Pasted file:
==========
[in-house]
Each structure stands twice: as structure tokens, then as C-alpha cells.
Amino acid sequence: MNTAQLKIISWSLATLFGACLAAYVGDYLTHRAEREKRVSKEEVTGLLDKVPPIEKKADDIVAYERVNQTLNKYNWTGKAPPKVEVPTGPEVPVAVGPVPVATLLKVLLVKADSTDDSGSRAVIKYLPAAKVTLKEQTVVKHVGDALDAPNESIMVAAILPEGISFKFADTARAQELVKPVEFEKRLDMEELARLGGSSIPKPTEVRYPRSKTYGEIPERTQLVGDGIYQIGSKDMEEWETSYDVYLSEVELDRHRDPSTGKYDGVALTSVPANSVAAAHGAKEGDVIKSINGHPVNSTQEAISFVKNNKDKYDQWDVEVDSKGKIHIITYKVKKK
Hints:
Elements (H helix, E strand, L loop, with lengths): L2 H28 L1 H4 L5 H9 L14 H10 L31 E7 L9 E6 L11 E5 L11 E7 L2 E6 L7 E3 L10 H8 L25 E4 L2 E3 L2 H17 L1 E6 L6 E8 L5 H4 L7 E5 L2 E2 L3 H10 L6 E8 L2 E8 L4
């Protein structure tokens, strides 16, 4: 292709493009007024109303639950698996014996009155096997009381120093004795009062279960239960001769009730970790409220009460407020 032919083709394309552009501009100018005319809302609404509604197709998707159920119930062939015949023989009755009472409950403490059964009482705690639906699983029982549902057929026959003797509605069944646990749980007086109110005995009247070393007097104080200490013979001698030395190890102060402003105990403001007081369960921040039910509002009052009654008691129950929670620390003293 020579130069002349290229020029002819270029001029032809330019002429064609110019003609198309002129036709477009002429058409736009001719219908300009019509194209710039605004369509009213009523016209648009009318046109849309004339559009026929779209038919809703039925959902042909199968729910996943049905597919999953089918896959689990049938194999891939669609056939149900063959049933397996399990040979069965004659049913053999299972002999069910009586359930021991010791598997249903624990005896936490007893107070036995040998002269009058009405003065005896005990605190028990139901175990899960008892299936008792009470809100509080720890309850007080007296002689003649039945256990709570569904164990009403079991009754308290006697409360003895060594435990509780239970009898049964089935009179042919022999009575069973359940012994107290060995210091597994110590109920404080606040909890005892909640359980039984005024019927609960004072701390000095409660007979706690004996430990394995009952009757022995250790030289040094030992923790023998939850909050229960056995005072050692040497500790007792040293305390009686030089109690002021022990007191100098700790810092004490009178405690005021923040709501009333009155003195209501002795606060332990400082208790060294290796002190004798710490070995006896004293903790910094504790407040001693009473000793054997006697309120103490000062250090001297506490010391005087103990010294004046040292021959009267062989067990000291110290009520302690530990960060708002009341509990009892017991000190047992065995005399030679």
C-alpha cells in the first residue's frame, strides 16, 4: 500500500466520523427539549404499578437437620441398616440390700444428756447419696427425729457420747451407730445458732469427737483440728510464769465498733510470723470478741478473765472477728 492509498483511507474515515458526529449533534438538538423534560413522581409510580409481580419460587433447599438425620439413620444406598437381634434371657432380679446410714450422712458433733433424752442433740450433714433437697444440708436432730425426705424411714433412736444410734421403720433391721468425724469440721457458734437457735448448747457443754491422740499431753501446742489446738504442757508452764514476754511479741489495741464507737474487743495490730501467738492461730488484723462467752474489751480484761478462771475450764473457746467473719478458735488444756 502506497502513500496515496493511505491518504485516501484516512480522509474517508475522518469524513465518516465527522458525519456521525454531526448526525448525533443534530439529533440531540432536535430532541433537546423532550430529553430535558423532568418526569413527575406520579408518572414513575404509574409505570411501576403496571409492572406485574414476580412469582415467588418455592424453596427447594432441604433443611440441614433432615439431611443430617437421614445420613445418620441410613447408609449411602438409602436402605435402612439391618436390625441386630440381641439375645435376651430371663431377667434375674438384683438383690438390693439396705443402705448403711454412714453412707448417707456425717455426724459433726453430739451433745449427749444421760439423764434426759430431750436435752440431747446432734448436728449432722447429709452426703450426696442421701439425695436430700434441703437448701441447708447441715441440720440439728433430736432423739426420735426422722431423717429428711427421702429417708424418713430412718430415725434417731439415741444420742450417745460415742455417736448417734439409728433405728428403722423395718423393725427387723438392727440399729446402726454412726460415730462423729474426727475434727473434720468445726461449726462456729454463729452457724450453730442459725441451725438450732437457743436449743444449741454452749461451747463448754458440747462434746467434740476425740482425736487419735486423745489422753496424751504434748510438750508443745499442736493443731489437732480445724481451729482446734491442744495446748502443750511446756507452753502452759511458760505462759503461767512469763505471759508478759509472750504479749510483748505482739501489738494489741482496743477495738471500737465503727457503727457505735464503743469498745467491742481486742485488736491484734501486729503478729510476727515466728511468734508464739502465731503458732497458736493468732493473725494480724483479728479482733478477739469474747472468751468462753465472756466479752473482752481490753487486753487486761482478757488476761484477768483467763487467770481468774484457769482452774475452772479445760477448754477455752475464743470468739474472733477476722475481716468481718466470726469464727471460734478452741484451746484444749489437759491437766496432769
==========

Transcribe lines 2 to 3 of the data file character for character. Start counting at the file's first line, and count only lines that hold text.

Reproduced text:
Each structure stands twice: as structure tokens, then as C-alpha cells.
Amino acid sequence: MNTAQLKIISWSLATLFGACLAAYVGDYLTHRAEREKRVSKEEVTGLLDKVPPIEKKADDIVAYERVNQTLNKYNWTGKAPPKVEVPTGPEVPVAVGPVPVATLLKVLLVKADSTDDSGSRAVIKYLPAAKVTLKEQTVVKHVGDALDAPNESIMVAAILPEGISFKFADTARAQELVKPVEFEKRLDMEELARLGGSSIPKPTEVRYPRSKTYGEIPERTQLVGDGIYQIGSKDMEEWETSYDVYLSEVELDRHRDPSTGKYDGVALTSVPANSVAAAHGAKEGDVIKSINGHPVNSTQEAISFVKNNKDKYDQWDVEVDSKGKIHIITYKVKKK